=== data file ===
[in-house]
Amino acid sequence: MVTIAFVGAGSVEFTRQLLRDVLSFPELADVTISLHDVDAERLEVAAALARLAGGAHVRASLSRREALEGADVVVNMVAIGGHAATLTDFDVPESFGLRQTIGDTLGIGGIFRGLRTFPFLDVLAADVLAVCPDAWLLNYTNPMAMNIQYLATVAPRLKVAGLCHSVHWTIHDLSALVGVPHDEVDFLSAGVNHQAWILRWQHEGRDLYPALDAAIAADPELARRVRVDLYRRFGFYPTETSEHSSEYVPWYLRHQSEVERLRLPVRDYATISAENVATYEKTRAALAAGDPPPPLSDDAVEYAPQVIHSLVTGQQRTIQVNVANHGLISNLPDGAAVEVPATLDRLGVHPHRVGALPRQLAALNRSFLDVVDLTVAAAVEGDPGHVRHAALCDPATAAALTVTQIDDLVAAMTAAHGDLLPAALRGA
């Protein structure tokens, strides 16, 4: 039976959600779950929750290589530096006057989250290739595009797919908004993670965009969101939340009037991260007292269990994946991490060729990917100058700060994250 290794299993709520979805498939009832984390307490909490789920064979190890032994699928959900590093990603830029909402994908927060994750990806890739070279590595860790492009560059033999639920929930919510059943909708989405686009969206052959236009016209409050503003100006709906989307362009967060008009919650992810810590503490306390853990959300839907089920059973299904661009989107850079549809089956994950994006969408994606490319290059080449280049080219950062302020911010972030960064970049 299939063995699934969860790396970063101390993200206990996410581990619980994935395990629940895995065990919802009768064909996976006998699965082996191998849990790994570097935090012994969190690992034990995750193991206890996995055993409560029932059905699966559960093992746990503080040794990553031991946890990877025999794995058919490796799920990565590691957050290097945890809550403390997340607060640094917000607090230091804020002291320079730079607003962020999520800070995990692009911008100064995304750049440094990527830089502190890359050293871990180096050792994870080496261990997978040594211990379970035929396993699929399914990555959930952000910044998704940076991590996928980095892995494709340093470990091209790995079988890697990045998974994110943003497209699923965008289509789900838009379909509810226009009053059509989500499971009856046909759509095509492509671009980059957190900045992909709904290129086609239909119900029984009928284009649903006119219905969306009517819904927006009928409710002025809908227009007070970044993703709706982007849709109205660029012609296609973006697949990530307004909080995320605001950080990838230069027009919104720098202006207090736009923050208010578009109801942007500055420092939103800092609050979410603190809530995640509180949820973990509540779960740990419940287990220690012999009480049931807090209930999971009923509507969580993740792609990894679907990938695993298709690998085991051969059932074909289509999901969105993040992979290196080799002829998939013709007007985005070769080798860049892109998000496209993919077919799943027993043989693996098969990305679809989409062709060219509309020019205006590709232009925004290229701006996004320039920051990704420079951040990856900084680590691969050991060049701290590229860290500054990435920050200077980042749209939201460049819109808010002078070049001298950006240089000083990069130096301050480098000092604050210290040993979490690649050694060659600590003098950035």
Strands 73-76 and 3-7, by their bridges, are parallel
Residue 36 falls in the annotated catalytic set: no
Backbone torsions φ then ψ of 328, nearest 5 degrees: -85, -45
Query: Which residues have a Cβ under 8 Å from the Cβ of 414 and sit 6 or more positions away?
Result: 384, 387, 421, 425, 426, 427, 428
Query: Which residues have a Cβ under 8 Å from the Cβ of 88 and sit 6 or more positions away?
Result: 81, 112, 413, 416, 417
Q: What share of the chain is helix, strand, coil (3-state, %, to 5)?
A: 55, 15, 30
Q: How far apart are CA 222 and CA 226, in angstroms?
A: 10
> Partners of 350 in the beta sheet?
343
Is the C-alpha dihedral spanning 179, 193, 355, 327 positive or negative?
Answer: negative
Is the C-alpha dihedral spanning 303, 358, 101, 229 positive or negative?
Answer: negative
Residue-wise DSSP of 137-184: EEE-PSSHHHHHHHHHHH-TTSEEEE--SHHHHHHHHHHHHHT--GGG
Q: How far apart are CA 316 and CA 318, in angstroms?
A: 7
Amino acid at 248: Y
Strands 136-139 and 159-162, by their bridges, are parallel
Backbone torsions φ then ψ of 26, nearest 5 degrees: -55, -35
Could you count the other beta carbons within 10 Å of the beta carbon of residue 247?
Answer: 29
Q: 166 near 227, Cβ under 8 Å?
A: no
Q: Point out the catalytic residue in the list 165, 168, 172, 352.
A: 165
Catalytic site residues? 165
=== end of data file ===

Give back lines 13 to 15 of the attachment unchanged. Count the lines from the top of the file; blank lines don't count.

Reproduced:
Q: How far apart are CA 222 and CA 226, in angstroms?
A: 10
> Partners of 350 in the beta sheet?